‘One Potato, Two Potato’ was filmed in 1981 by an anonymous Austrian artist and punk rock musician who reputedly went mad during the shoot and killed the actors and hung himself while film was rolling.
Rumors of ‘One Potato, Two Potato’s’ existence flourished within the snuff underground, but no one had actually seen it. The film suddenly surfaced in December of 2008 on eBay and was quickly snapped up by a mysterious Austrian collector of the bizarre and occult.
Dangerous Minds obtained a copy of the video from black market sources in Turkey and after consulting our legal team have decided to share this controversial film with our audience. Viewer discretion is advised.
thankyou al bird dirt
Derf Scratch, a founding member of Los Angele’s punk pioneers Fear, died on July 28. Derf (Frederich Milner) formed Fear with lead singer and vocalist Lee Ving in 1977.
Fear was one of the best punk bands to come out of L.A. They were musically solid, intense and had an outrageous sense of humor. Their songs were confrontational, nihilistic, lewd : throwing satirical jabs at the punk scene, political correctness, feminism, gays, Christians, anything that moved.
Derf left the band in 1982 shortly after Fear released their debut album on Slash Records. It was not an amicable split. He and Ving had fallen out over work habits, drugs, ego. He sold his Fender bass to Mike Watt of The Minuteman and dropped out of the music scene.
Derf died of an undisclosed illness.
For a thoroughly entertaining interview with Derf check out citizen mag
Over the weekend via that most wonderful invention known as Netflix Instant View I caught an excellent documentary on the making of the John Lennon/Plastic Ono Band LP. I found it to be one of the best Lennon related documents I’ve ever seen, worth watching if only for the moments wherein the gloriously raw vocals are isolated, check out the last few minutes of the below clip. Chills up the spine !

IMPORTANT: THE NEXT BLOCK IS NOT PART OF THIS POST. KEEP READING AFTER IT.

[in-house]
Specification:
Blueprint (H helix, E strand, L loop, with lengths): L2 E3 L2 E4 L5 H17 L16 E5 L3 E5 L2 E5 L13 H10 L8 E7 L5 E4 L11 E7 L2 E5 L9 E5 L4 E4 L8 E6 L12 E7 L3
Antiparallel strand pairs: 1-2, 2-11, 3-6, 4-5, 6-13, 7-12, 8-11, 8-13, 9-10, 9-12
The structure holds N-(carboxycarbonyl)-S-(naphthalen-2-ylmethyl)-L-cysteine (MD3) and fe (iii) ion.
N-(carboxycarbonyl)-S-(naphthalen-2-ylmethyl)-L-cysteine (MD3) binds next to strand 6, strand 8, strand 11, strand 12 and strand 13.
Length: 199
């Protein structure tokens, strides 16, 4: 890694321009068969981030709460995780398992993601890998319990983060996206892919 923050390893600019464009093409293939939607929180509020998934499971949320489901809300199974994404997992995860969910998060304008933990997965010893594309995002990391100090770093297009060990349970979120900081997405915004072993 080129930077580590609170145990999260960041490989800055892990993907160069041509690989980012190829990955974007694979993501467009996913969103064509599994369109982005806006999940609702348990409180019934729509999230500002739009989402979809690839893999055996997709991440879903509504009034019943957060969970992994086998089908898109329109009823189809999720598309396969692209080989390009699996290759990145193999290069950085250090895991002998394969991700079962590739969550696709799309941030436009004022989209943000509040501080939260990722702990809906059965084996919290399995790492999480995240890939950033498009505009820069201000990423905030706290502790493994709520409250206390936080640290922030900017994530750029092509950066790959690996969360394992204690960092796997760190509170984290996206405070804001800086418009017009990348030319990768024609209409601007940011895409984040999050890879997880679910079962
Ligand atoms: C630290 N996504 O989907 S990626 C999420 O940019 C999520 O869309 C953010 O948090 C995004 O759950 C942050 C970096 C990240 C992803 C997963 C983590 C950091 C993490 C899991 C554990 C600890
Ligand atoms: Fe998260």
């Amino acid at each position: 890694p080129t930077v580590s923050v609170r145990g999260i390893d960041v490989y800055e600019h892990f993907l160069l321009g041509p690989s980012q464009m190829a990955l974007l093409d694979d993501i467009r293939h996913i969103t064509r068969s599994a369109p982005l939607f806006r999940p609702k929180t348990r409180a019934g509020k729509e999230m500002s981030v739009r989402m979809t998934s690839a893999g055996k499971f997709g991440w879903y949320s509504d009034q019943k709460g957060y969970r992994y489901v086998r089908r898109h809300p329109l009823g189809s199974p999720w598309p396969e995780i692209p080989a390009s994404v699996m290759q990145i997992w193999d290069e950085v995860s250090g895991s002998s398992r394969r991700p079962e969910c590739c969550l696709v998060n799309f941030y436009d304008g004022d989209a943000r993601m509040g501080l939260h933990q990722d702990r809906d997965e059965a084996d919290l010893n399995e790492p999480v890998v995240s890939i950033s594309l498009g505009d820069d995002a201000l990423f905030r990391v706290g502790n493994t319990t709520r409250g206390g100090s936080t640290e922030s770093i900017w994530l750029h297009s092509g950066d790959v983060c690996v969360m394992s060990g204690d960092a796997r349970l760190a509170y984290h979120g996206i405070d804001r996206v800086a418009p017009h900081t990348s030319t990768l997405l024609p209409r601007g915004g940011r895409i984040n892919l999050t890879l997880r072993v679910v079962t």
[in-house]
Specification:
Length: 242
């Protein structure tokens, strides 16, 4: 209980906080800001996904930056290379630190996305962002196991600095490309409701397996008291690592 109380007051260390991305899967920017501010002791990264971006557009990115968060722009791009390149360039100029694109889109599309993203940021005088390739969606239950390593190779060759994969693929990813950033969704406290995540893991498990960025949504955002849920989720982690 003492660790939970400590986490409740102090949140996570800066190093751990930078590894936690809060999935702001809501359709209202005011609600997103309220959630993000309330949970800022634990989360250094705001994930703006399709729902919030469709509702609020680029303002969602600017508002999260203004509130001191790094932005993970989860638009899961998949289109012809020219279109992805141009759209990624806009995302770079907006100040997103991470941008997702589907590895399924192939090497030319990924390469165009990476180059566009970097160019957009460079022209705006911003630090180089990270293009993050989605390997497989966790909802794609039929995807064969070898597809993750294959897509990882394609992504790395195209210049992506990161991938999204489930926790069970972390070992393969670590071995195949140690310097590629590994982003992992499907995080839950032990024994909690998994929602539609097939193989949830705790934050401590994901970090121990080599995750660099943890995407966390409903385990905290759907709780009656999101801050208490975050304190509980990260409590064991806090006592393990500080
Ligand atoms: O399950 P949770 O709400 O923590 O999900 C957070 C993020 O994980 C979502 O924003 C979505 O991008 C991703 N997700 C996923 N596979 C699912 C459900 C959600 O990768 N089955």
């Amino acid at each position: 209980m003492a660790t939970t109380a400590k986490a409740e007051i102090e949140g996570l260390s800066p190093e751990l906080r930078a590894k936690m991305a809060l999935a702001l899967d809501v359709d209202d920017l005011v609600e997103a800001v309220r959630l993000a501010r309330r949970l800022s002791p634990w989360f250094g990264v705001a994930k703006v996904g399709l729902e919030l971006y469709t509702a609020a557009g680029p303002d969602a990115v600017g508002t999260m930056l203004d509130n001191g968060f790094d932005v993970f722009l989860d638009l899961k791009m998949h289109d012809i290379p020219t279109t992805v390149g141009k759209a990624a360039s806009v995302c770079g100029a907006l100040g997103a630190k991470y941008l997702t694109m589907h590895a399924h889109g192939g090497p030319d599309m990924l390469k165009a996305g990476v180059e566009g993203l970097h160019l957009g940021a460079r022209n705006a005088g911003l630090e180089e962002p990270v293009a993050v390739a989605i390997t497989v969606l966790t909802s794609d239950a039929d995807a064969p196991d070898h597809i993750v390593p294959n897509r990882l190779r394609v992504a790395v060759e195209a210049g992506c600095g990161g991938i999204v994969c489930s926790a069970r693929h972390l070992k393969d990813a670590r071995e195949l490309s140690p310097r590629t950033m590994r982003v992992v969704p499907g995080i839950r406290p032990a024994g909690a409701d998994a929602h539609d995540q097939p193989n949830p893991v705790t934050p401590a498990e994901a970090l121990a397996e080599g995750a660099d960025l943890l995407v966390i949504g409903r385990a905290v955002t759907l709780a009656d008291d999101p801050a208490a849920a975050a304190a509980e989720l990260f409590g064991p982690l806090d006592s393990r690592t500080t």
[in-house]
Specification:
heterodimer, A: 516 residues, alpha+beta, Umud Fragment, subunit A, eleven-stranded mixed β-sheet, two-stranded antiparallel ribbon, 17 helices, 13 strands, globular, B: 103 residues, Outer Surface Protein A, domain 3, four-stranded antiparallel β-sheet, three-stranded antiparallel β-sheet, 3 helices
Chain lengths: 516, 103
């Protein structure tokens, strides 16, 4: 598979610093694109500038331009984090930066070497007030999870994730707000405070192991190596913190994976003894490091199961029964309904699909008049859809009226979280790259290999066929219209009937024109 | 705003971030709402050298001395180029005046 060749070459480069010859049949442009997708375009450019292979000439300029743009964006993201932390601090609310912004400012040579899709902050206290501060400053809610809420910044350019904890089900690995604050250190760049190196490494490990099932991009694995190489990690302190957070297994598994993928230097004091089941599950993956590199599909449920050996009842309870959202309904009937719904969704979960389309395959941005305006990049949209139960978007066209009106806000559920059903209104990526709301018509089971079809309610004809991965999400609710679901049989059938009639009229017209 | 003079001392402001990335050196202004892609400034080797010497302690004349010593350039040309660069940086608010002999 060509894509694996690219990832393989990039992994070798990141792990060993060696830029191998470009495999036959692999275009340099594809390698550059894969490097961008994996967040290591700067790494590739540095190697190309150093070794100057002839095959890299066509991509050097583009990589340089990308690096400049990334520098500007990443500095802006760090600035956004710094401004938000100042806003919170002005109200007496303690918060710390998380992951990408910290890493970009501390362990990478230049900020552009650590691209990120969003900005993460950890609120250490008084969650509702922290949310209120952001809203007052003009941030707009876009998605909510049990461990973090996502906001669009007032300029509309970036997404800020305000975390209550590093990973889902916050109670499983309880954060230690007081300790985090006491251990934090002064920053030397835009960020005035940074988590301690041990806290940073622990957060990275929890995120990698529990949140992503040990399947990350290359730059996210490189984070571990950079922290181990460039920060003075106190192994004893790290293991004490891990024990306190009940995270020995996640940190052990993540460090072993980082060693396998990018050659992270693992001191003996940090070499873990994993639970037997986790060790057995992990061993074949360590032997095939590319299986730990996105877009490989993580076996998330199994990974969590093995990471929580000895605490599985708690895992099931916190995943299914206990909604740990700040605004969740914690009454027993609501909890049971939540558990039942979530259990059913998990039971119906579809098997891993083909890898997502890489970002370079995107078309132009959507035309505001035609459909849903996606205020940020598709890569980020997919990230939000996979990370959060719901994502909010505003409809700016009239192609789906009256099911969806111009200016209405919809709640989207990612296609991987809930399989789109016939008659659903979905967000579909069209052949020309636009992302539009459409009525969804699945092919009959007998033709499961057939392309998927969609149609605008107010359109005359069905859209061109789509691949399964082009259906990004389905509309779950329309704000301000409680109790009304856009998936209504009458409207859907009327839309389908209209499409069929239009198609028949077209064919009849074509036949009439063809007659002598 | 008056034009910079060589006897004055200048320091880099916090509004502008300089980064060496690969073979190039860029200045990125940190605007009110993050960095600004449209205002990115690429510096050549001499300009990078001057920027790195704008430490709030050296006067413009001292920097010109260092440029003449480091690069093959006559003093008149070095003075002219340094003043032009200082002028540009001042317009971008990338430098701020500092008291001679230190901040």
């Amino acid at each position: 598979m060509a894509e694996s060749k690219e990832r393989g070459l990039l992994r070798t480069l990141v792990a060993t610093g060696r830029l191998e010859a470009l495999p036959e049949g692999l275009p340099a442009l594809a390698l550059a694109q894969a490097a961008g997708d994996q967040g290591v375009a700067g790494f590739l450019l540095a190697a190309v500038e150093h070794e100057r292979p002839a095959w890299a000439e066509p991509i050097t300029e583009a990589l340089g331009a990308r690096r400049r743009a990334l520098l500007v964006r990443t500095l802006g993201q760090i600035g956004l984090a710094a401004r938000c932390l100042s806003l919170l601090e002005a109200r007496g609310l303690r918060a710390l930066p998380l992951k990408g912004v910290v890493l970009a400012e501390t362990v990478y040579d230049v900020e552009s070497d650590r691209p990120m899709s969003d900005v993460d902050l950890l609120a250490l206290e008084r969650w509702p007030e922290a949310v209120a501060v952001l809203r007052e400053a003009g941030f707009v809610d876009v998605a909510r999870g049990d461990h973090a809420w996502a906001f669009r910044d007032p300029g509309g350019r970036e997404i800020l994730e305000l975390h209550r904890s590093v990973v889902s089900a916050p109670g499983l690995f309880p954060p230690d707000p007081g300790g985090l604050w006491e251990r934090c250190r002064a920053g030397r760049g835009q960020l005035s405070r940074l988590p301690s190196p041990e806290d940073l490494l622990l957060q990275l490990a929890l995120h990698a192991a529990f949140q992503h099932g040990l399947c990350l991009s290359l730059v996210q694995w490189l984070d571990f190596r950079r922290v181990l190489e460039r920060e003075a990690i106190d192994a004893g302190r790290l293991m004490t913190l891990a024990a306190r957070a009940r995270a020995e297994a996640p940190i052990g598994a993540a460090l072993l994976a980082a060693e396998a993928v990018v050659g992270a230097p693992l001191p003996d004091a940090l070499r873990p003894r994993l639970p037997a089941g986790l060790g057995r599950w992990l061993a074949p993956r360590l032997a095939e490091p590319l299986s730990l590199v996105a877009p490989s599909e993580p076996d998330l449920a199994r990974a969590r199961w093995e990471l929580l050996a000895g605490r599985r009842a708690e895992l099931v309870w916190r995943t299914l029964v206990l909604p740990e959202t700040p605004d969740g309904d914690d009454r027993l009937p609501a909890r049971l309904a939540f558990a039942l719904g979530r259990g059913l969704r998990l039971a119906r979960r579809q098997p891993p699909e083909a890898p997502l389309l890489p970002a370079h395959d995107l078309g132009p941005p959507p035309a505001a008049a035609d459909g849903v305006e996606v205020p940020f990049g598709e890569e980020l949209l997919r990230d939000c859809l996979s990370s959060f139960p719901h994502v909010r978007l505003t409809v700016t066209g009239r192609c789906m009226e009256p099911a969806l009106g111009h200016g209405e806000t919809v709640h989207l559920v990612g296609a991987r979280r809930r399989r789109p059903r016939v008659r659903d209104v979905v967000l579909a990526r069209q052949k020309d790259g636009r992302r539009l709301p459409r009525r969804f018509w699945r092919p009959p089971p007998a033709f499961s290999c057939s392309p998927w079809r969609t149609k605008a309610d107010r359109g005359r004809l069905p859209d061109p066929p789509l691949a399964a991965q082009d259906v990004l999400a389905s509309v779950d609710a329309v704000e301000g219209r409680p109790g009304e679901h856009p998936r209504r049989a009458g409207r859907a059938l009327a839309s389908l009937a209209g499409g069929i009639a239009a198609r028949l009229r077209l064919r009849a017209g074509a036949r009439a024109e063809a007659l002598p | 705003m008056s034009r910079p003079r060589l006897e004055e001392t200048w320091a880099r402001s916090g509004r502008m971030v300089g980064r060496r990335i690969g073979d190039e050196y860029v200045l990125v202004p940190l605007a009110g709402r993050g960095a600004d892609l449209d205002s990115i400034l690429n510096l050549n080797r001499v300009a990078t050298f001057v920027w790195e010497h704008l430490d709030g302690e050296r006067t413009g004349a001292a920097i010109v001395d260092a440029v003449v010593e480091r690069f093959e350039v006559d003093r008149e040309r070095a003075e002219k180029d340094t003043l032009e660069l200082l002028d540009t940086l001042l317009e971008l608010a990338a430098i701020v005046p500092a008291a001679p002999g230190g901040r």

That they also touch…
It’s great to see that Berlin’s Atari Teenage Riot—electronic anarchists and creators of the “digital hardcore” sound—are back and in terrific shape. Predictably, what was first slated as a reunion for a few European shows has turned into a full-blown world tour for Alec Empire and Nic Endo, along with new Rioter CX KiDTRONiK.
Throughout the ‘90s, ATR spread sonic fire from the nexus of hard techno, thrash-punk and noise, with their members (including formers Hanin Elias and the late lamented Carl Crack) also releasing solo projects on their own Digital Hardcore Recordings label.
As shown by this stage invasion during their appearance at Zurich’s Fusion Festival from this spring, the Riot seems back on in full force.
After the jump, relive ATR’s famous 1999 anti-fascist May Day riot in Berlin, with commentary by Empire…
Exene Cervenka, the director of photography and co-writer on Modi Frank’s 1986 silent western Bad Day, is making the film available on her website to help raise money for Gulf Coast residents.
Shot at a secret location near Chatsworth, California, the short film features an inspired cast of irregulars playing the residents of a small town on a bad day. Call it what you will: a cow-punk time capsule, a mock-Western, a guerrilla film forerunner – or just plain proof of a time when everyone didn’t take themselves so seriously.